Do wind turbines reduce carbon dioxide (CO2)?

October 5, 2013

Conditions are right for wind turbines to generate electricity about 30% of the time. When they’re not generating electricity, wind turbines are in stand-by mode & actually consume power from the grid. However, let’s assume that wind turbines generate more electricity than they consume. The question is: do they reduce CO2? Consider the amount of CO2 generated by each of these processes: Read the rest of this entry »


How much gravel / concrete for Ontario’s wind turbines?

August 26, 2013


  • 670,000 metric tons (tonnes) of gravel for access roads
  • 9,648,000 (almost 10 million) tonnes of concrete for foundations

Calculations: Read the rest of this entry »

Area the size of 4 mega-quarries consumed for turbines

October 24, 2012

Soupstock at Woodbine Park in Toronto…  a sequel to last year’s protest, Foodstock

An estimated 40,000 people were served bowls of soup in Toronto during a mega-quarry protest, Sunday. TEB

the project would directly affect an estimated 2,300 acres of farmland Torontoist

An additional 10,000 acres of vegetation are being cleared to install wind turbines in Ontario (details below). This number doesn’t include the thousands of acres of transformers & substations. It doesn’t include the thousands of km of access roads. It doesn’t include the thousands of km of transmission lines.

With an average 45 m radius, an area of 6362 square metres or 1.6 acres of vegetation is cleared around each turbine. With 6,500 utility-scale turbines proposed for Ontario, this can be extrapolated to 10,218 acres cleared of vegetation:

At the Criterion Wind Project in Maryland,  Post-Construction mortality monitoring studies were conducted.

The monitoring study period was from April 5 to November 15, 2011. Search plots were established around all 28 turbines in the project and the carcass search schedule was for daily searches at all turbines (weather and safety permitting). Search plot size varied in shape and size, due to habitat constraints, but in most cases areas up to approximately 40-50 m (~130-165 ft) from the turbines were cleared of vegetation for access and construction purposes and this area was used as the search plot.

This quote was received by email so there’s no web source referenced.

6,700 km of new transmission lines for Ontario?

October 23, 2012

Prince Edward County’s White Pines Wind Project requires 29 km of transmission lines just to connect to the grid, not including the power lines within the project itself. That’s 1 km of transmission line for each of the 29 turbines proposed. If this is typical, then it would mean about 6,700 km of new power lines to reach the 6,700 turbines proposed for or installed in Ontario. Read the rest of this entry »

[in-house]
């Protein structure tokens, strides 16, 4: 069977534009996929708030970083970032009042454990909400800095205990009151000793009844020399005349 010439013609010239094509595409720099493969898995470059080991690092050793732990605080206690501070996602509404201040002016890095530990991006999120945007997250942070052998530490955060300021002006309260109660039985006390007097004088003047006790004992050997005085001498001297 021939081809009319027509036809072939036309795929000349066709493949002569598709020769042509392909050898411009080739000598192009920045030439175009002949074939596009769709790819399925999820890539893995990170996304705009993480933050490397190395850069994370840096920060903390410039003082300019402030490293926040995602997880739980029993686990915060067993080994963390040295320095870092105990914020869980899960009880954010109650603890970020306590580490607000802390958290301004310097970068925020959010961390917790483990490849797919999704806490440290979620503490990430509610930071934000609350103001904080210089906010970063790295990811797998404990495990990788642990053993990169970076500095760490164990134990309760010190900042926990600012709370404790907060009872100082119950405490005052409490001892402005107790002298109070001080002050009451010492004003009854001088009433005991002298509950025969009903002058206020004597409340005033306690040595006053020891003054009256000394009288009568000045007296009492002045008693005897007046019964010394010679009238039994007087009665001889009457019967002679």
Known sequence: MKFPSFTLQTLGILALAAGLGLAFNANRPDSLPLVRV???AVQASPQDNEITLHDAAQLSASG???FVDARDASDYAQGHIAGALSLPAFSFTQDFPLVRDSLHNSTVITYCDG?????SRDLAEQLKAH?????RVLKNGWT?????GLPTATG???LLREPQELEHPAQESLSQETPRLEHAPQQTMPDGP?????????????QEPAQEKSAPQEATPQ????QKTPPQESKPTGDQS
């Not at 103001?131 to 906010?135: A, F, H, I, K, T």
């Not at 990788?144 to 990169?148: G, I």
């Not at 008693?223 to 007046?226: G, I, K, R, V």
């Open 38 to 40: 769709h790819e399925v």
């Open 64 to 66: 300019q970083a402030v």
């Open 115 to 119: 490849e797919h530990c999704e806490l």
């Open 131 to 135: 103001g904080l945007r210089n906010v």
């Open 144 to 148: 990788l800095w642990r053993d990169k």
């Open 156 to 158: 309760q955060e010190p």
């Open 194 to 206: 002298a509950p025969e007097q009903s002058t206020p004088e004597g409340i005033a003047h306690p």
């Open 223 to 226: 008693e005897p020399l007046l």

Do wind turbines reduce Ontario’s low emissions?

October 10, 2012

A newly released study… notes the limited capability of industrial wind turbines to reduce emissions… Some perspective is necessary here as the percentages for CO2 reductions provides relate to a grid with 500 CO2eq/kWh: the emissions intensity of Ontario’s total generation in 2010 was 130 g CO2eq/kWh: as minor as the benefits noted in the study may be, the benefits are far lesser, or non-existent, in Ontario. WCO

Wind turbines generate some electricity (when not consuming electricity in standby mode), but do turbines increase or decrease CO2 emissions? How many CO2-consuming trees & food crops will no longer grow on land replaced with turbine access roads & electrical infrastructure? How much CO2 is generated by the manufacture, transportation, installation & operation of wind turbines?

Let’s look at the Kingsbridge 2 project in Ontario (some numbers based on Kingsbridge 1):

  • 100 acre farm converted to electrical infrastructure (substation)
  • 140 access roads to install/maintain the turbines
  • power lines for 140 turbines
  • 5,000 metric tonnes of fiberglas blades & hubs – for each turbine blade produced, one TON of hazardous and toxic waste is created QLS
  • 9,000 metric tonnes for nacelles (generator, gearbox, cooling system, electronics and transformer)
  • 27,000 metric tonnes of steel (towers)
  • 30,000 cubic metres of concrete (foundations)

How many buses does it take to measure a wind turbine?

July 13, 2012

How big is a wind turbine compared to a 48 passenger school bus that is 12 m long?

2.5 MW Wind Turbine

Some 2.5 MW GE XL turbines have a 100 m tower. Lying on the ground (as they do during assembly), this would be the length of 8 school buses parked bumper to bumper. Each of the three 50 m blades is the length of 4 buses for another 12 buses. The nacelle is the size of one school bus. Therefore, it would take 21 (8 + 3×4 + 1) school buses to measure all of the components of a wind turbine as they lie on the ground during the construction phase.

1.8 MW Wind Turbine

Note that this image shows the scale of a different turbine. It represents a 1.8 MW Vestas turbine from Denmark:

4,500 kilometres of wind turbine access roads in Ontario?

May 23, 2012

… assuming that each of the 6,000 or more turbines installed or proposed for Ontario require 750 m of access road to support construction and transportation vehicles to each turbine site and for use during the operation phase. Access roads are approximately 5.0 m wide post-construction.

  • 6,000 x 750 m x 5 m = 22.5 million square metres
  • 22.5 million square metres / 4046.86 square metres per acre = 5,560 acres consumed by turbine access roads, not including turbine foundations, power lines, substations, transformer stations etc.

Wind Turbine blade tip speed calculations

April 26, 2012

Haldimand example:

Read the rest of this entry »